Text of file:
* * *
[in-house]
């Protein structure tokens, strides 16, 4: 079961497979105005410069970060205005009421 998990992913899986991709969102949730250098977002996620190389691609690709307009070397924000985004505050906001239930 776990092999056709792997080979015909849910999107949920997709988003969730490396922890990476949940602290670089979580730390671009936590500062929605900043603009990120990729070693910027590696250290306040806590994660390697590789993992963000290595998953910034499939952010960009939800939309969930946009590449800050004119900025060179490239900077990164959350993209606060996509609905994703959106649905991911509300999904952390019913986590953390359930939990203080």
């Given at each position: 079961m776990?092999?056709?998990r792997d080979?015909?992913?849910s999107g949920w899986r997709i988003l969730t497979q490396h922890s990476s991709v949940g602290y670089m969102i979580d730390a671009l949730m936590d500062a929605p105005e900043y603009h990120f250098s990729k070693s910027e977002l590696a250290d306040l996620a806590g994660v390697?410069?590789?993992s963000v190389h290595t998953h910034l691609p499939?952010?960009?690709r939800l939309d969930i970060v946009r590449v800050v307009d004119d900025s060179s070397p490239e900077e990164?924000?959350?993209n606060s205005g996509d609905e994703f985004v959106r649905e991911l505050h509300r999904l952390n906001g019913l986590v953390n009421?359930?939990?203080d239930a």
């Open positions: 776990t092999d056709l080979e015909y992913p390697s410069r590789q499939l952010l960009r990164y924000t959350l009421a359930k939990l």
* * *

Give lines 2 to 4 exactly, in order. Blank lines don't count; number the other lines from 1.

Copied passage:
């Protein structure tokens, strides 16, 4: 079961497979105005410069970060205005009421 998990992913899986991709969102949730250098977002996620190389691609690709307009070397924000985004505050906001239930 776990092999056709792997080979015909849910999107949920997709988003969730490396922890990476949940602290670089979580730390671009936590500062929605900043603009990120990729070693910027590696250290306040806590994660390697590789993992963000290595998953910034499939952010960009939800939309969930946009590449800050004119900025060179490239900077990164959350993209606060996509609905994703959106649905991911509300999904952390019913986590953390359930939990203080």
């Given at each position: 079961m776990?092999?056709?998990r792997d080979?015909?992913?849910s999107g949920w899986r997709i988003l969730t497979q490396h922890s990476s991709v949940g602290y670089m969102i979580d730390a671009l949730m936590d500062a929605p105005e900043y603009h990120f250098s990729k070693s910027e977002l590696a250290d306040l996620a806590g994660v390697?410069?590789?993992s963000v190389h290595t998953h910034l691609p499939?952010?960009?690709r939800l939309d969930i970060v946009r590449v800050v307009d004119d900025s060179s070397p490239e900077e990164?924000?959350?993209n606060s205005g996509d609905e994703f985004v959106r649905e991911l505050h509300r999904l952390n906001g019913l986590v953390n009421?359930?939990?203080d239930a």
């Open positions: 776990t092999d056709l080979e015909y992913p390697s410069r590789q499939l952010l960009r990164y924000t959350l009421a359930k939990l």